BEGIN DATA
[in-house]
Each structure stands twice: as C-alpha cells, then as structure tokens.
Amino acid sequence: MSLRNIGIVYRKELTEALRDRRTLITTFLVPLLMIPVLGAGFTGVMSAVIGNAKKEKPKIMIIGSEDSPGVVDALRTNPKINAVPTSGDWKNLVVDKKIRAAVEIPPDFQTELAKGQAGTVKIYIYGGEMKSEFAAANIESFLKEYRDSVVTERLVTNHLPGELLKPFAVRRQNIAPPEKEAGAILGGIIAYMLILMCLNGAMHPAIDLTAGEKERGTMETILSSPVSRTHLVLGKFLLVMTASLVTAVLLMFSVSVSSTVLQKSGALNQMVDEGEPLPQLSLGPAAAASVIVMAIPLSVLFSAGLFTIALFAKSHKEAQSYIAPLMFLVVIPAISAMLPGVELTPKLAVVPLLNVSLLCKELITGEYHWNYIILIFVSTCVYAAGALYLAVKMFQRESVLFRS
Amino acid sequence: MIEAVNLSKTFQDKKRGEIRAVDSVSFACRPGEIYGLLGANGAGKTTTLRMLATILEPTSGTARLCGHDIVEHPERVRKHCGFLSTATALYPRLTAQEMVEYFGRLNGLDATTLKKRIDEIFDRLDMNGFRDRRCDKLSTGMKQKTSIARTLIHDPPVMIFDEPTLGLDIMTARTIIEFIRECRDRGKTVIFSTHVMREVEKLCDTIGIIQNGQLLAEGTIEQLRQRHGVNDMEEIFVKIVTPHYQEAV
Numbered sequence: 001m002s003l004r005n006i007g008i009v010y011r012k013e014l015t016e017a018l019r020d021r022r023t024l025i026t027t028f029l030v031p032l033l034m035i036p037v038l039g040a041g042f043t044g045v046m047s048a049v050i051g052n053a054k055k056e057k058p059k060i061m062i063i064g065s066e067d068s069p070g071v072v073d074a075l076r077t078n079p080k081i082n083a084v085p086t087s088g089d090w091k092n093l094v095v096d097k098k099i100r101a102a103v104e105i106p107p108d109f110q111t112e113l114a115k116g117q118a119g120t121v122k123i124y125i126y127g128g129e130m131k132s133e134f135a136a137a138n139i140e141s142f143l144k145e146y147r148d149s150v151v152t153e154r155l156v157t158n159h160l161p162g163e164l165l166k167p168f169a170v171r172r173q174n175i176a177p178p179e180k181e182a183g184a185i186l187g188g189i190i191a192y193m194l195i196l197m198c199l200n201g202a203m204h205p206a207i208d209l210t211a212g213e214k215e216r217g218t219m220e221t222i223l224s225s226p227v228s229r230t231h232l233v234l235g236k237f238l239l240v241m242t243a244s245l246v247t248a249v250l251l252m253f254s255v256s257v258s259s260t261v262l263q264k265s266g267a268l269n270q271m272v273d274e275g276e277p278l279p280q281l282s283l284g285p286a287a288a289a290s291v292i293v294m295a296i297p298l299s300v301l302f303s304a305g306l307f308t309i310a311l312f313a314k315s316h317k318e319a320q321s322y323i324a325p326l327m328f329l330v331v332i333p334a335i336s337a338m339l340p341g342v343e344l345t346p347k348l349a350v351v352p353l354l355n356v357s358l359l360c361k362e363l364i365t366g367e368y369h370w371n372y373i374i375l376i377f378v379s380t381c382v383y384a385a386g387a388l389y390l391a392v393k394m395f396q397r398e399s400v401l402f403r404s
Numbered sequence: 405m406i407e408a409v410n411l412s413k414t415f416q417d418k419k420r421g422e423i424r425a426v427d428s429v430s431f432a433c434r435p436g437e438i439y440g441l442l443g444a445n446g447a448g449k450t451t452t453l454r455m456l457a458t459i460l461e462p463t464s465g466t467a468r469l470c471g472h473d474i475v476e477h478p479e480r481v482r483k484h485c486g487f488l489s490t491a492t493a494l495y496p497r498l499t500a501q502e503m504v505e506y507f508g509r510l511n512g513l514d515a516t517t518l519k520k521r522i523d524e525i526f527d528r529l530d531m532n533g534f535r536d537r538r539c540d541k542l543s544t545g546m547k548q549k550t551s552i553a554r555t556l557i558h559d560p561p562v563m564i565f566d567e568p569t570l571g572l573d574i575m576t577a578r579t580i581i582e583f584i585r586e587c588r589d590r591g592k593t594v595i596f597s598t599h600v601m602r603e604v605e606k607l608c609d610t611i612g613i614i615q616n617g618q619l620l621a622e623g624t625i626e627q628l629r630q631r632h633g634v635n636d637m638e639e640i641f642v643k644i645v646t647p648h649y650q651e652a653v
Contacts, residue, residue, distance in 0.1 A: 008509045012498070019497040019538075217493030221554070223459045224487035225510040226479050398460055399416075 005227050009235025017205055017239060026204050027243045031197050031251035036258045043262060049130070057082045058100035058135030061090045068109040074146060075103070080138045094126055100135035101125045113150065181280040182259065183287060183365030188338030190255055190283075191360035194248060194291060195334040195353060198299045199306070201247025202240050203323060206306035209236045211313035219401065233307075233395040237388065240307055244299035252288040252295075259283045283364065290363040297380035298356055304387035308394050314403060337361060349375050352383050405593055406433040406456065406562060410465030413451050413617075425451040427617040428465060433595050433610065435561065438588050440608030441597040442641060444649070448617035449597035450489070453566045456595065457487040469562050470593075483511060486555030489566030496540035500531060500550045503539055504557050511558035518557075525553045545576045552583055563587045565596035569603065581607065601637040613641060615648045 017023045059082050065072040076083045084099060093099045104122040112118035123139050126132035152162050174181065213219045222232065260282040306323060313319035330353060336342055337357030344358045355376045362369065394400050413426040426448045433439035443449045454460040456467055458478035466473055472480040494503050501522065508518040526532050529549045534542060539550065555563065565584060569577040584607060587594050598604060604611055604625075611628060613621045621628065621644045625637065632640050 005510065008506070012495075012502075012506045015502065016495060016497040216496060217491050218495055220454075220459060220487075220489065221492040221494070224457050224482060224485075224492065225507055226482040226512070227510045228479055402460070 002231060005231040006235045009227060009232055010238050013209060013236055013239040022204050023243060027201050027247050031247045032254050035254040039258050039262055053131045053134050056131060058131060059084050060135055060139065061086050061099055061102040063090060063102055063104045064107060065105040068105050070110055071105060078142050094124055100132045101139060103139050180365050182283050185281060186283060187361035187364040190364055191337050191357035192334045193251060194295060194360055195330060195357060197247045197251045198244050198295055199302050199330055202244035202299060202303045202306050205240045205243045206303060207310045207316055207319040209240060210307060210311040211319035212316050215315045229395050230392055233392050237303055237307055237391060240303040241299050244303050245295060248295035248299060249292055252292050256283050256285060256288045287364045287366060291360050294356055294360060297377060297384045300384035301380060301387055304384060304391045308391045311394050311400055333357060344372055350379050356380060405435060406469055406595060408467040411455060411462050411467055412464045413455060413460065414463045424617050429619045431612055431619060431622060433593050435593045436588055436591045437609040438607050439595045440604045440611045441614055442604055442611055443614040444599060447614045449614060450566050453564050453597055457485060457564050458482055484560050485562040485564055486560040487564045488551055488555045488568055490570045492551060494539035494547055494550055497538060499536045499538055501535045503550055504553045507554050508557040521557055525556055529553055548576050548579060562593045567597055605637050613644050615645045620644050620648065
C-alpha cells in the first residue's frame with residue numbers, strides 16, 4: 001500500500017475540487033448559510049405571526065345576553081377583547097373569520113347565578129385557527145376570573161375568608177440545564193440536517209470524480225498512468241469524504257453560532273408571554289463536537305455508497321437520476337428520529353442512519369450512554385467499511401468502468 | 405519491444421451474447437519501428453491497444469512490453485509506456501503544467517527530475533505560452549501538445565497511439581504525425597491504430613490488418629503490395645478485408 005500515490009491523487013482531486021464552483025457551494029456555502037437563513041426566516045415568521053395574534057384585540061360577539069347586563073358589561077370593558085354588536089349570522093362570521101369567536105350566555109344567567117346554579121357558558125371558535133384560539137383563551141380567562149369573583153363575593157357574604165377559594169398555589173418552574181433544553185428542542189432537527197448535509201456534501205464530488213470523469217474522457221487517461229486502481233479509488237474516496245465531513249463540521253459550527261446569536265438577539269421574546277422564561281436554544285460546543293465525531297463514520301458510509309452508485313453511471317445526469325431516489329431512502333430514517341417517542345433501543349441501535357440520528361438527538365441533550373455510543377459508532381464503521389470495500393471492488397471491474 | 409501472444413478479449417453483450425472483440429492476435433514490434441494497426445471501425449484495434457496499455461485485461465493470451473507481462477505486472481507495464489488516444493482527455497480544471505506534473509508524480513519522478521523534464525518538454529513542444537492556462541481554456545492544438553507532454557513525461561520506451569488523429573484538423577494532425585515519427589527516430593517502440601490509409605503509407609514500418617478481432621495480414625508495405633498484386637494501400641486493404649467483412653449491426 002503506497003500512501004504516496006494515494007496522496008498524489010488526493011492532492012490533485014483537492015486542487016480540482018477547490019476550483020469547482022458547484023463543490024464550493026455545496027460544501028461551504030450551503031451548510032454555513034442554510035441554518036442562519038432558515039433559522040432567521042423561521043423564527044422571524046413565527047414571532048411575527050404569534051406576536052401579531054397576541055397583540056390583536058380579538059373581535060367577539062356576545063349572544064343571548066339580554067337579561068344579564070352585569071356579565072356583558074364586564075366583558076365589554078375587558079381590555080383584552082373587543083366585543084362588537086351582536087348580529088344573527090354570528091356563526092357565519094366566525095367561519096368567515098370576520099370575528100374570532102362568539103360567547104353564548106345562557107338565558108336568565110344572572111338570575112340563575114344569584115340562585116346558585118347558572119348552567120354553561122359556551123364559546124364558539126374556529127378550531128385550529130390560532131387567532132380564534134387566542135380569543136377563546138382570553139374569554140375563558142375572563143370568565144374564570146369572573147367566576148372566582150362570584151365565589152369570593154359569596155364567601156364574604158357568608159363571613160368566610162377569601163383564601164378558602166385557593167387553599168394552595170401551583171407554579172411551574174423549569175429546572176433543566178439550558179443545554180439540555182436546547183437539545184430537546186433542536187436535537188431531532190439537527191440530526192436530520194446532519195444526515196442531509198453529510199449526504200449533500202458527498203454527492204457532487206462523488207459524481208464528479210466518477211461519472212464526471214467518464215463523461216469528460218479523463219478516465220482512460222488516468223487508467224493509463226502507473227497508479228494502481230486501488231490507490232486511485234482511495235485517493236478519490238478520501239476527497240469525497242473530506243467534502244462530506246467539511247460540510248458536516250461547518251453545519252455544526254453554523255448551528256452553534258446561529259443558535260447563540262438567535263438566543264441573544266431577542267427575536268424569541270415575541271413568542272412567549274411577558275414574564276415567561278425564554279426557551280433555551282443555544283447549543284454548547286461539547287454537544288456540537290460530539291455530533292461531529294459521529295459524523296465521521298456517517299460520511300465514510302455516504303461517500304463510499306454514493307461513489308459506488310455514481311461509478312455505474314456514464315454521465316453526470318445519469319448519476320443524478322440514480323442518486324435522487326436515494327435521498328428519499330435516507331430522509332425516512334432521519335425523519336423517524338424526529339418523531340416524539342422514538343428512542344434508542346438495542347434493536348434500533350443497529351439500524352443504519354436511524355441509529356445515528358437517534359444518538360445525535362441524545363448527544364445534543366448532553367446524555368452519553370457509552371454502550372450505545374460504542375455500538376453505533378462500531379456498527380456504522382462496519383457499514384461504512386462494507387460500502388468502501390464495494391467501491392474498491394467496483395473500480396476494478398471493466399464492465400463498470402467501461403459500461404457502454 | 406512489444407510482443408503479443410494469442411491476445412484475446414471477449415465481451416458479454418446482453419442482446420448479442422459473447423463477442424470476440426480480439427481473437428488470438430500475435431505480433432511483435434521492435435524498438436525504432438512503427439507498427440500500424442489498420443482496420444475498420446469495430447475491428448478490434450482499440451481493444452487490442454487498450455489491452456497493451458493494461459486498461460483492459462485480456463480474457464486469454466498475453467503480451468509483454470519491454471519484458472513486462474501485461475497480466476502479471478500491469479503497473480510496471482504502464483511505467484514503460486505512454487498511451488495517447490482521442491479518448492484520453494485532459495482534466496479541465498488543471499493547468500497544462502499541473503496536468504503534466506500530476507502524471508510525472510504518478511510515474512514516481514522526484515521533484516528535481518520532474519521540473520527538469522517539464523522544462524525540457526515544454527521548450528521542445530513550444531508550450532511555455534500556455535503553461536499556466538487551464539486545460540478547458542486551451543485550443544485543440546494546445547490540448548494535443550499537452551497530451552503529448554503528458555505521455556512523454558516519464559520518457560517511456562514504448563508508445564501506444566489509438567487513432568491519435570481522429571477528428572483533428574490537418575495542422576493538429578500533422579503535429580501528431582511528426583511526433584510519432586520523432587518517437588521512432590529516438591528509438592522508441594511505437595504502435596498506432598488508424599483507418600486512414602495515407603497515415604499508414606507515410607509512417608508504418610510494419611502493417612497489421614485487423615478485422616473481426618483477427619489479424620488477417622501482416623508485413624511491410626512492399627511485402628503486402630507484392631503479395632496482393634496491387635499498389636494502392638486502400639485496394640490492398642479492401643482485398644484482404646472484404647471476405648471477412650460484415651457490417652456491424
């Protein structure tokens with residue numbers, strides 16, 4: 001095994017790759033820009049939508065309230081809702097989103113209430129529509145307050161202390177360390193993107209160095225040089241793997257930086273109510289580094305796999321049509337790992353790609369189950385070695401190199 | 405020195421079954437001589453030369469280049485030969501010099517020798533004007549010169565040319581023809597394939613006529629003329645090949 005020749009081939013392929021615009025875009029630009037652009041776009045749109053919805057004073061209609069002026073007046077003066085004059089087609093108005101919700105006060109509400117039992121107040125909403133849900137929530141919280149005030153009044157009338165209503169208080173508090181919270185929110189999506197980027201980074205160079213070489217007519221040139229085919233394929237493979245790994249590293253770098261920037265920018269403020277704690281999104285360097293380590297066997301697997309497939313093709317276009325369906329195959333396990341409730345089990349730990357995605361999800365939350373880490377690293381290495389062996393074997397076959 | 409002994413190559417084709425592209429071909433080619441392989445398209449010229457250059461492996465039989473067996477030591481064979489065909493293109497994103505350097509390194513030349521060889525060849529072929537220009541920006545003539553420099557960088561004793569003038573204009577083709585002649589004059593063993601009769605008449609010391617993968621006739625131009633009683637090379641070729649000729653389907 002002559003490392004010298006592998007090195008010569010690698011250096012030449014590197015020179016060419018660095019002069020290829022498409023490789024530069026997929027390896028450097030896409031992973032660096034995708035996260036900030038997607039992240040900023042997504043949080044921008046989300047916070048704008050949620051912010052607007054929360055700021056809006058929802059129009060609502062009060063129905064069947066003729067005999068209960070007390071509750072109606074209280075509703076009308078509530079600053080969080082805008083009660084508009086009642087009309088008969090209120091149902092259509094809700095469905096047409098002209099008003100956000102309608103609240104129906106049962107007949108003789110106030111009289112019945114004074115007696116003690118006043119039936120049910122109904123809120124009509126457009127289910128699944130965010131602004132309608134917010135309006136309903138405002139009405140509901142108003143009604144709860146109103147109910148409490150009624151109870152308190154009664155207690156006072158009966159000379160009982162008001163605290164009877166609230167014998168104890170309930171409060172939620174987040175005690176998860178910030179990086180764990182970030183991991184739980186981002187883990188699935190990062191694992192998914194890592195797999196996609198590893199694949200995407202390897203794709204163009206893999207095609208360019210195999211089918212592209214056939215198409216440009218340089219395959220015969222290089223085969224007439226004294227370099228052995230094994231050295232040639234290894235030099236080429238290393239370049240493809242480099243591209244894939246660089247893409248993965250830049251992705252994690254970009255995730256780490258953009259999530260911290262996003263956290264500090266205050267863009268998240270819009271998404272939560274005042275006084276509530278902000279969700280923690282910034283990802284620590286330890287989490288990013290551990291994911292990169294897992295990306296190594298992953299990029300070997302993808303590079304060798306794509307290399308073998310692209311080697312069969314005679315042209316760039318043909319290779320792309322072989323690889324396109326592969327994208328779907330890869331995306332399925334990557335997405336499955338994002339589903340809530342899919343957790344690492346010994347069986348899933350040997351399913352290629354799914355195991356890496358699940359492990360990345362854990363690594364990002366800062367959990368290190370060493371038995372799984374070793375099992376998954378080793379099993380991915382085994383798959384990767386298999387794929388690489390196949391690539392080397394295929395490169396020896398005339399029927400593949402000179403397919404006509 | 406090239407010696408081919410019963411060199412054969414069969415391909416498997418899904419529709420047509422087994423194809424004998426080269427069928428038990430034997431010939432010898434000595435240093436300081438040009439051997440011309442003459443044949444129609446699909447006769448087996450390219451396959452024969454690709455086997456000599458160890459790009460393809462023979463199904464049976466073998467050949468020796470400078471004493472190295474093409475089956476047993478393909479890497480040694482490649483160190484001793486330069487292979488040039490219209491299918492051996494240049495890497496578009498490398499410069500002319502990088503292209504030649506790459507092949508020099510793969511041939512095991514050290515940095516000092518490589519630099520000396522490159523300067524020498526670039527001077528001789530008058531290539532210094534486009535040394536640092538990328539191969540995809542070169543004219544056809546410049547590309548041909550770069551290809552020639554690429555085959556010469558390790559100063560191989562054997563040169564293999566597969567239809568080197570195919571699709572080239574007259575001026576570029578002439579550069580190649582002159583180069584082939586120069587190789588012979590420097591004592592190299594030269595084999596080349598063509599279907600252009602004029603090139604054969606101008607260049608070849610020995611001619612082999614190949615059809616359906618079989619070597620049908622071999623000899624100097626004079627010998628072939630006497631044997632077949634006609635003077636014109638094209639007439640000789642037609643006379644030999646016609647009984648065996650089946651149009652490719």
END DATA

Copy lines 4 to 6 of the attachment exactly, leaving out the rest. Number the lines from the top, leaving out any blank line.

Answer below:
Amino acid sequence: MIEAVNLSKTFQDKKRGEIRAVDSVSFACRPGEIYGLLGANGAGKTTTLRMLATILEPTSGTARLCGHDIVEHPERVRKHCGFLSTATALYPRLTAQEMVEYFGRLNGLDATTLKKRIDEIFDRLDMNGFRDRRCDKLSTGMKQKTSIARTLIHDPPVMIFDEPTLGLDIMTARTIIEFIRECRDRGKTVIFSTHVMREVEKLCDTIGIIQNGQLLAEGTIEQLRQRHGVNDMEEIFVKIVTPHYQEAV
Numbered sequence: 001m002s003l004r005n006i007g008i009v010y011r012k013e014l015t016e017a018l019r020d021r022r023t024l025i026t027t028f029l030v031p032l033l034m035i036p037v038l039g040a041g042f043t044g045v046m047s048a049v050i051g052n053a054k055k056e057k058p059k060i061m062i063i064g065s066e067d068s069p070g071v072v073d074a075l076r077t078n079p080k081i082n083a084v085p086t087s088g089d090w091k092n093l094v095v096d097k098k099i100r101a102a103v104e105i106p107p108d109f110q111t112e113l114a115k116g117q118a119g120t121v122k123i124y125i126y127g128g129e130m131k132s133e134f135a136a137a138n139i140e141s142f143l144k145e146y147r148d149s150v151v152t153e154r155l156v157t158n159h160l161p162g163e164l165l166k167p168f169a170v171r172r173q174n175i176a177p178p179e180k181e182a183g184a185i186l187g188g189i190i191a192y193m194l195i196l197m198c199l200n201g202a203m204h205p206a207i208d209l210t211a212g213e214k215e216r217g218t219m220e221t222i223l224s225s226p227v228s229r230t231h232l233v234l235g236k237f238l239l240v241m242t243a244s245l246v247t248a249v250l251l252m253f254s255v256s257v258s259s260t261v262l263q264k265s266g267a268l269n270q271m272v273d274e275g276e277p278l279p280q281l282s283l284g285p286a287a288a289a290s291v292i293v294m295a296i297p298l299s300v301l302f303s304a305g306l307f308t309i310a311l312f313a314k315s316h317k318e319a320q321s322y323i324a325p326l327m328f329l330v331v332i333p334a335i336s337a338m339l340p341g342v343e344l345t346p347k348l349a350v351v352p353l354l355n356v357s358l359l360c361k362e363l364i365t366g367e368y369h370w371n372y373i374i375l376i377f378v379s380t381c382v383y384a385a386g387a388l389y390l391a392v393k394m395f396q397r398e399s400v401l402f403r404s
Numbered sequence: 405m406i407e408a409v410n411l412s413k414t415f416q417d418k419k420r421g422e423i424r425a426v427d428s429v430s431f432a433c434r435p436g437e438i439y440g441l442l443g444a445n446g447a448g449k450t451t452t453l454r455m456l457a458t459i460l461e462p463t464s465g466t467a468r469l470c471g472h473d474i475v476e477h478p479e480r481v482r483k484h485c486g487f488l489s490t491a492t493a494l495y496p497r498l499t500a501q502e503m504v505e506y507f508g509r510l511n512g513l514d515a516t517t518l519k520k521r522i523d524e525i526f527d528r529l530d531m532n533g534f535r536d537r538r539c540d541k542l543s544t545g546m547k548q549k550t551s552i553a554r555t556l557i558h559d560p561p562v563m564i565f566d567e568p569t570l571g572l573d574i575m576t577a578r579t580i581i582e583f584i585r586e587c588r589d590r591g592k593t594v595i596f597s598t599h600v601m602r603e604v605e606k607l608c609d610t611i612g613i614i615q616n617g618q619l620l621a622e623g624t625i626e627q628l629r630q631r632h633g634v635n636d637m638e639e640i641f642v643k644i645v646t647p648h649y650q651e652a653v